Biomedical Sciences ETDs


Leyma De Haro

Publication Date



Metnase is a recently evolved human protein with methylase (SET) and nuclease domains that is widely expressed, especially in proliferating tissues. Metnase promotes plasmid and viral DNA integration, and through an interaction with topoisomerase IIα (TopoIIα) it promotes chromosome decatenation. Metnase interacts with DNA ligase IV, promotes non-homologous end-joining (NHEJ), and repression causes mild hypersensitivity to ionizing radiation. TopoIIα has a proposed role in relaxing positive supercoils in front of replication forks. NHEJ factors have been implicated in the replication stress response. Here we show that Metnase promotes cell proliferation, but does not affect replication fork elongation as measured by cell cycle analysis, BrdU incorporation and DNA fiber analysis. Even though there is no elongation effect, Metnase confers resistance to three replication stress agents, hydroxyurea, UV light, and the topoisomerase I inhibitor, camptothecin. Metnase expression also increases the rate at which H2AX phosphorylation (a marker of stalled or collapsed replication forks) is resolved. There was no difference in formation of gamma-H2AX foci after exposure to these agents. Metnase coimmunoprecipitates (co-IP) with proliferating cell nuclear antigen (PCNA) and RAD9. Finally, we show that Metnase promotes TopoIIα-mediated relaxation of positively supercoiled DNA, similar to the torsional strain preceding replication forks. These results establish Metnase as an important component of the human replication stress response.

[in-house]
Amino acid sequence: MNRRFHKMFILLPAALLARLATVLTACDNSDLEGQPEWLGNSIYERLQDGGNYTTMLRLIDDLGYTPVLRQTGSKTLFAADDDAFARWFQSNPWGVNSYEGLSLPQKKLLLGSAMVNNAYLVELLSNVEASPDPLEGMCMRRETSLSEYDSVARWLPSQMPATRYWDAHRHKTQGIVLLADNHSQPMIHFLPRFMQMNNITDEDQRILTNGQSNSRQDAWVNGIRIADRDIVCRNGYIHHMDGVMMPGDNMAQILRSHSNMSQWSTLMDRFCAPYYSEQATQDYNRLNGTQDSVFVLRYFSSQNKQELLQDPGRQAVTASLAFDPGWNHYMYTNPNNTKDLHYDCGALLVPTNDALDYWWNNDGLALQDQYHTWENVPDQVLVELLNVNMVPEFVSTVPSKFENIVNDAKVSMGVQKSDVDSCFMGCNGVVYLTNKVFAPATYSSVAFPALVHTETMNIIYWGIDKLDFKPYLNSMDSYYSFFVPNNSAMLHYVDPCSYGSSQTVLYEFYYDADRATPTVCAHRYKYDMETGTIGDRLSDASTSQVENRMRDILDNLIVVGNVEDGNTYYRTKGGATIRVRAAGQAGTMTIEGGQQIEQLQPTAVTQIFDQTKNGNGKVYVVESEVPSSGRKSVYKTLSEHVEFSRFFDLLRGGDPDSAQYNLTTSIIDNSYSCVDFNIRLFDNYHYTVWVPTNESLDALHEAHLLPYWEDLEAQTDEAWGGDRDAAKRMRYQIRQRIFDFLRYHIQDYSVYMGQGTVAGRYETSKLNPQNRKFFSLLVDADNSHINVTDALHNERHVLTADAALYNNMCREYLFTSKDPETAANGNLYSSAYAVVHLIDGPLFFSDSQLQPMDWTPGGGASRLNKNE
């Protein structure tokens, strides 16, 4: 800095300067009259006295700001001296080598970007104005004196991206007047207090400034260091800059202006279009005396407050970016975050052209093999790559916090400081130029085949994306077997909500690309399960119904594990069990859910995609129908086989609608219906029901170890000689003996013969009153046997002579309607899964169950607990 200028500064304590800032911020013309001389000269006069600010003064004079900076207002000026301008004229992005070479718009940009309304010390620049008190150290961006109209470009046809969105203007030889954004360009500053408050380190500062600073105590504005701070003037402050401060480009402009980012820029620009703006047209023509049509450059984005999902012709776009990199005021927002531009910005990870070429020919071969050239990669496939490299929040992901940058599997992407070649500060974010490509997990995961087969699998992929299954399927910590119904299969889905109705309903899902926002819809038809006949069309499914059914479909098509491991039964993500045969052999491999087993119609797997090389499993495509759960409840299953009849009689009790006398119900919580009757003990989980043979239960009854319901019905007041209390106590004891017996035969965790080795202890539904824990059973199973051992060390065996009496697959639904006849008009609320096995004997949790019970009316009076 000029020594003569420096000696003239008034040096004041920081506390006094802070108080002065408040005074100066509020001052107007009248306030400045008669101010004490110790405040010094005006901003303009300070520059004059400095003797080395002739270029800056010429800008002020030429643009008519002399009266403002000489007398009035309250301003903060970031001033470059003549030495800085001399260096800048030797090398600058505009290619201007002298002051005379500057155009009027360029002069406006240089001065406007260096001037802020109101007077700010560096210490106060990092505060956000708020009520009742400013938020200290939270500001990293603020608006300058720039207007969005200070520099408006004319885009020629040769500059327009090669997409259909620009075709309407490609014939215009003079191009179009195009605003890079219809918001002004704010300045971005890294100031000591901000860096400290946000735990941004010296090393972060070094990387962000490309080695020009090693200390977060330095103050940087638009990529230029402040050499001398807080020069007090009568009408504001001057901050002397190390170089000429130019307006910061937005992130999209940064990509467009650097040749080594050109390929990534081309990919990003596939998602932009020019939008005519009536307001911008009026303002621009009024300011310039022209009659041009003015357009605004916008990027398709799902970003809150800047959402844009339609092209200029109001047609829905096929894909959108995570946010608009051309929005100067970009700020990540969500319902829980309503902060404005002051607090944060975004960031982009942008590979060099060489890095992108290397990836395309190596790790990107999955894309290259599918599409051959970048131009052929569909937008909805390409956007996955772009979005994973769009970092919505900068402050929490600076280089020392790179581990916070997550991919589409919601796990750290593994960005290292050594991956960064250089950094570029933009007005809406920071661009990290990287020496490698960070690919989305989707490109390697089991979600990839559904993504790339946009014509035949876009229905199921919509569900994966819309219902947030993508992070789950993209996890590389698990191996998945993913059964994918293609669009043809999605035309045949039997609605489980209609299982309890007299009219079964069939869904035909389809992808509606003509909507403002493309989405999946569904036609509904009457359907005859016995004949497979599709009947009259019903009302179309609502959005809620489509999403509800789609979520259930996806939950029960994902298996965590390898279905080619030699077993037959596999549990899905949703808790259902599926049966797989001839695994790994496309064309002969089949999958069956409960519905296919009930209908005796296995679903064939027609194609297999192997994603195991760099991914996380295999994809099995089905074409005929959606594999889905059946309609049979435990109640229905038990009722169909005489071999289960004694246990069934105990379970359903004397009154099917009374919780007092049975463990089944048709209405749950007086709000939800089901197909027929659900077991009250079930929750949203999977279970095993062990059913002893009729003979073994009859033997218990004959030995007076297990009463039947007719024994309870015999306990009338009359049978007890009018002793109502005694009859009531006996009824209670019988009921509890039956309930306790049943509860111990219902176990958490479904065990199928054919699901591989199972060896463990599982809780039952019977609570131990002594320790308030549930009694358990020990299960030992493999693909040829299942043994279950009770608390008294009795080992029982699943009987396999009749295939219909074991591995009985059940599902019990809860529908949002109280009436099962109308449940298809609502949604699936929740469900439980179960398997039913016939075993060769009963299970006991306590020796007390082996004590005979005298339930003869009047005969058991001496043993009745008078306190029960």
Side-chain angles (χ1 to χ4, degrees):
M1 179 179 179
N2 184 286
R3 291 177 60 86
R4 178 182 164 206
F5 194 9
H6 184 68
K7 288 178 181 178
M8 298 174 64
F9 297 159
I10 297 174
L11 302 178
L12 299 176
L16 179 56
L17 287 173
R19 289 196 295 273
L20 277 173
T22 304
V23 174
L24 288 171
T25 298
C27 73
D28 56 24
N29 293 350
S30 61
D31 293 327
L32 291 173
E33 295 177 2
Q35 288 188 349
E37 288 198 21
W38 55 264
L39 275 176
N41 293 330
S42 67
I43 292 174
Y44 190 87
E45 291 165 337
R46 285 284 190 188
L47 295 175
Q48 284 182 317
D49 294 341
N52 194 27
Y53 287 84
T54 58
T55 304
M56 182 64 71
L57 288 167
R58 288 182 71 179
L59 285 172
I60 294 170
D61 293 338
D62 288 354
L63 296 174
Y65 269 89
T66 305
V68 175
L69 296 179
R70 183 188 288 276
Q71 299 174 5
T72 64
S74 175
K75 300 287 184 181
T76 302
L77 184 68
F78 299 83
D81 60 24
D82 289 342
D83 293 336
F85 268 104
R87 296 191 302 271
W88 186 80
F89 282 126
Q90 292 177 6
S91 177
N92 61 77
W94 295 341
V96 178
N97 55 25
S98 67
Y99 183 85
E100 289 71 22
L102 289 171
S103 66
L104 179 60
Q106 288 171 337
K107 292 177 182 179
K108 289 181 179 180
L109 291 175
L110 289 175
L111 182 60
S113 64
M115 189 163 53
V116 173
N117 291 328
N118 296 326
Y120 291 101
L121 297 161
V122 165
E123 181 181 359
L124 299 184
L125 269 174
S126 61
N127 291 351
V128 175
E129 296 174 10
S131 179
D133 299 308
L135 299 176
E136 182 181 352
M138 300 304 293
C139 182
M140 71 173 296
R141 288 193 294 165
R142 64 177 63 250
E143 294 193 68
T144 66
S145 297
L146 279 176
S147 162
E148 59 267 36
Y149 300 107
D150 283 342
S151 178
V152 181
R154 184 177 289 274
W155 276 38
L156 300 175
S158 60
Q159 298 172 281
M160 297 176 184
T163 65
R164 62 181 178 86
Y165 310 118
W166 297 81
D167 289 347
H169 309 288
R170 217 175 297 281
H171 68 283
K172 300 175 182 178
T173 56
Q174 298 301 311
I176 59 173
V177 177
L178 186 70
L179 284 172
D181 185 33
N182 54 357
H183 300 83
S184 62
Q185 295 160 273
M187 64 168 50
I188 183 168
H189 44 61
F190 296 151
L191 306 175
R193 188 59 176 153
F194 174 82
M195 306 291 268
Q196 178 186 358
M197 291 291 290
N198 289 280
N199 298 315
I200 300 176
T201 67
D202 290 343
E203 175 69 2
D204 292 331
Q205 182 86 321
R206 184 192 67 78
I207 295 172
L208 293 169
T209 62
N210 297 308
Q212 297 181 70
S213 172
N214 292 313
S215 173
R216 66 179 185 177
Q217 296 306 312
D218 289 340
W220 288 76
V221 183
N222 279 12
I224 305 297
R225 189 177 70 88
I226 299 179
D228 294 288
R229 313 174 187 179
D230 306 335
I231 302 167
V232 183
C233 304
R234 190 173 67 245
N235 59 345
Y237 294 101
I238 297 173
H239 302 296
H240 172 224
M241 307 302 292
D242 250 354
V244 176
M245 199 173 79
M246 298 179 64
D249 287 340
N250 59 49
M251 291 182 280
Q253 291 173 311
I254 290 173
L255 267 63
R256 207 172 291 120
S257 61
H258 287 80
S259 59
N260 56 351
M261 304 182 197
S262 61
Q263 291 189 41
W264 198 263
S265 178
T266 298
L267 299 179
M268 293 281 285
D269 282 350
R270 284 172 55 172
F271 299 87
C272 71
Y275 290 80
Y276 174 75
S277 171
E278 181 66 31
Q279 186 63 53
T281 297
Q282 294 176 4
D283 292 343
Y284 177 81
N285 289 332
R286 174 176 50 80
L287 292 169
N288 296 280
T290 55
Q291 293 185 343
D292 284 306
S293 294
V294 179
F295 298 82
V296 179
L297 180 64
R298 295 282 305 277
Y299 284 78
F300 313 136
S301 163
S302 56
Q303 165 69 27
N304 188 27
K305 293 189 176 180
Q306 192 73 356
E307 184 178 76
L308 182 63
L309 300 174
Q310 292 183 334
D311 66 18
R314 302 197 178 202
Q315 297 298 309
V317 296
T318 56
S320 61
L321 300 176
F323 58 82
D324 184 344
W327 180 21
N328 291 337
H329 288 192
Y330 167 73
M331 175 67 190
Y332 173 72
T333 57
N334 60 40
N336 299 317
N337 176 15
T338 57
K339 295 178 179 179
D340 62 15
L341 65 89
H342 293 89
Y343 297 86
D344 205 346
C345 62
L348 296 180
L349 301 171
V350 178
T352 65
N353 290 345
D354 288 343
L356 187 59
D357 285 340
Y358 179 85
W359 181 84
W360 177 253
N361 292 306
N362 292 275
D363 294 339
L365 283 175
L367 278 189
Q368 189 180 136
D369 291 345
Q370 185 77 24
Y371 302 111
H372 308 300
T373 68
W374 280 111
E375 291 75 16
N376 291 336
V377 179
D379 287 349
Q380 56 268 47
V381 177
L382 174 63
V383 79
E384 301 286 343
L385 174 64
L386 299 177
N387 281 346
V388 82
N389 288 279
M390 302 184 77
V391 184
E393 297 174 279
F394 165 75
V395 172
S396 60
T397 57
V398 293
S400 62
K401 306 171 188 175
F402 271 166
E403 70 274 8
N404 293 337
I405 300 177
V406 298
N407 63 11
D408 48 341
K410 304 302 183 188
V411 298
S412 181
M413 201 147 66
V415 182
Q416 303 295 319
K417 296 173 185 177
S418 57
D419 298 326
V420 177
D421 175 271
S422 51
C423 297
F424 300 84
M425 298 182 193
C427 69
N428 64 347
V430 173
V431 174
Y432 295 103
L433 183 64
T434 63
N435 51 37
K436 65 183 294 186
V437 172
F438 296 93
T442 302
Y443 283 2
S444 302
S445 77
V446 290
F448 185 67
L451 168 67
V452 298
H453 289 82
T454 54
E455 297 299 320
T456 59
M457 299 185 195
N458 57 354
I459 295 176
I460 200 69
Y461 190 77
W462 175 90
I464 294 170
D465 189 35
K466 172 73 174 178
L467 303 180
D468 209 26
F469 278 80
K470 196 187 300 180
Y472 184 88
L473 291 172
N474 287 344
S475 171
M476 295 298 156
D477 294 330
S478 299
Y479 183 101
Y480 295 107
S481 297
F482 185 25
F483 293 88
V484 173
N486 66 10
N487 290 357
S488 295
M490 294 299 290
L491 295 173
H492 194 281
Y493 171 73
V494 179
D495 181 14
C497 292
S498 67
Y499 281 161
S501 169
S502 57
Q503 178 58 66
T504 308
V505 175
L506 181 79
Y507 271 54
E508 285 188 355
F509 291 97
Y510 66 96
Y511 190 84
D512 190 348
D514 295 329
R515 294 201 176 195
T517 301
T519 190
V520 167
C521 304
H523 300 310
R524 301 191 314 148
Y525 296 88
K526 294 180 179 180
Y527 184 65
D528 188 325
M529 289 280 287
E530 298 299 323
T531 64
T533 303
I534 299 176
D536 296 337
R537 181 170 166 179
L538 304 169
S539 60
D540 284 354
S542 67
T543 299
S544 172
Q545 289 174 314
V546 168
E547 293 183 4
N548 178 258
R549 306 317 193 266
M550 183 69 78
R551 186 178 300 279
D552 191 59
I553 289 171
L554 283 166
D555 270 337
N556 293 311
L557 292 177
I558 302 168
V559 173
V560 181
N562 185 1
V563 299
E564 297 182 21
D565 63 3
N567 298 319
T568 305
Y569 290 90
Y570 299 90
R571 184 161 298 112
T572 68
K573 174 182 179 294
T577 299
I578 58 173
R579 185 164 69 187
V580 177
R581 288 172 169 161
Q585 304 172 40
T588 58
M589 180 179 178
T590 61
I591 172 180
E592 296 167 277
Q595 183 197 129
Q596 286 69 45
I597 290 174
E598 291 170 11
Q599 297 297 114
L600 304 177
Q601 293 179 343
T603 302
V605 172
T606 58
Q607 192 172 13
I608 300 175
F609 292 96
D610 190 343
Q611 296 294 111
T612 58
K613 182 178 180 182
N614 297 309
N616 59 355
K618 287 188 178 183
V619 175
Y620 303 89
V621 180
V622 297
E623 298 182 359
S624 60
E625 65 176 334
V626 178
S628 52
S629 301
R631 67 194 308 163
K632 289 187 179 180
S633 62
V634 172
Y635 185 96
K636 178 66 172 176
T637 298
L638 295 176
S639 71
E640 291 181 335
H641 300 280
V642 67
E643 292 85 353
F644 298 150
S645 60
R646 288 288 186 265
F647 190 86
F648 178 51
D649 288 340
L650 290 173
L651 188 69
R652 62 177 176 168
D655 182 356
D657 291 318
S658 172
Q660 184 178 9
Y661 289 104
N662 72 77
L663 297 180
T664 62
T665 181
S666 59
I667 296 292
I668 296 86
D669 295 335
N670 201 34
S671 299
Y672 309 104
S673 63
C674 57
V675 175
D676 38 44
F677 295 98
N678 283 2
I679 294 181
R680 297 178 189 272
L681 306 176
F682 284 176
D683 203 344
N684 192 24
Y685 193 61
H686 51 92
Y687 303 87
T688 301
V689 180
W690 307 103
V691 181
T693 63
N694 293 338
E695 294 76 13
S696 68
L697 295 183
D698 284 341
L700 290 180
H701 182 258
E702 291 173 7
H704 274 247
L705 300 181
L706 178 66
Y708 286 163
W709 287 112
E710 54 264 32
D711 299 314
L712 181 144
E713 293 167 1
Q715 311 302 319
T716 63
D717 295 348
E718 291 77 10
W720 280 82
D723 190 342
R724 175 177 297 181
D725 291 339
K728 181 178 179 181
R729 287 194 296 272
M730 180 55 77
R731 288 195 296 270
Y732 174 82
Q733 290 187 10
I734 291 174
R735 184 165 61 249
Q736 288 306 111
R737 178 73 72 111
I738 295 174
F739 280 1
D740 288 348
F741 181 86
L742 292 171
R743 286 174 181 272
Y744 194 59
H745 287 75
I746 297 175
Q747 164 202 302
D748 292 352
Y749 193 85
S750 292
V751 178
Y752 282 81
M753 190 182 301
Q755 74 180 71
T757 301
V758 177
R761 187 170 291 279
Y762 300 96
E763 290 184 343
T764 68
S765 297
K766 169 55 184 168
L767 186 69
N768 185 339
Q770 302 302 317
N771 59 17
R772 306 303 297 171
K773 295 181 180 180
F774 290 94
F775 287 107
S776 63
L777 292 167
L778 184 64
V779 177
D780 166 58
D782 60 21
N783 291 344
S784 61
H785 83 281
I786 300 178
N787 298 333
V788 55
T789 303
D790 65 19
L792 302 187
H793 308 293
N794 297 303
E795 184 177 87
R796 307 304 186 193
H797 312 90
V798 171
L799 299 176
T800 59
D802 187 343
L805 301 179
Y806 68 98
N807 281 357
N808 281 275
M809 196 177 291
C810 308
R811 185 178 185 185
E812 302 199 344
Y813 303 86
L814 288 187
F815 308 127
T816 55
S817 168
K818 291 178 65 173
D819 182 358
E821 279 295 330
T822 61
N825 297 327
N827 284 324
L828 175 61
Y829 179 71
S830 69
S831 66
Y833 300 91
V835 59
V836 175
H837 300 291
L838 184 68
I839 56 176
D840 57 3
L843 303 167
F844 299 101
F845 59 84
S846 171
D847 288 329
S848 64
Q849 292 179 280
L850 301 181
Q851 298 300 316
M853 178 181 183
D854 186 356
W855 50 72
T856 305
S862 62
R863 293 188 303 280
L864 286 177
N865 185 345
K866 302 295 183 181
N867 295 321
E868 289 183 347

Metnase, DNA replication stress, DNA damage, non-homologous end joining, hydroxyurea, replication fork


National Institutes of Health

Document Type




Degree Name

Biomedical Sciences

Level of Degree


Department Name

Biomedical Sciences Graduate Program

First Committee Member (Chair)

Osley, Mary Ann

Second Committee Member

Nickoloff, Jac

Third Committee Member

Hudson, Laurie

Fourth Committee Member

Chackerian, Bryce

Fifth Committee Member

Williamson, Elizabeth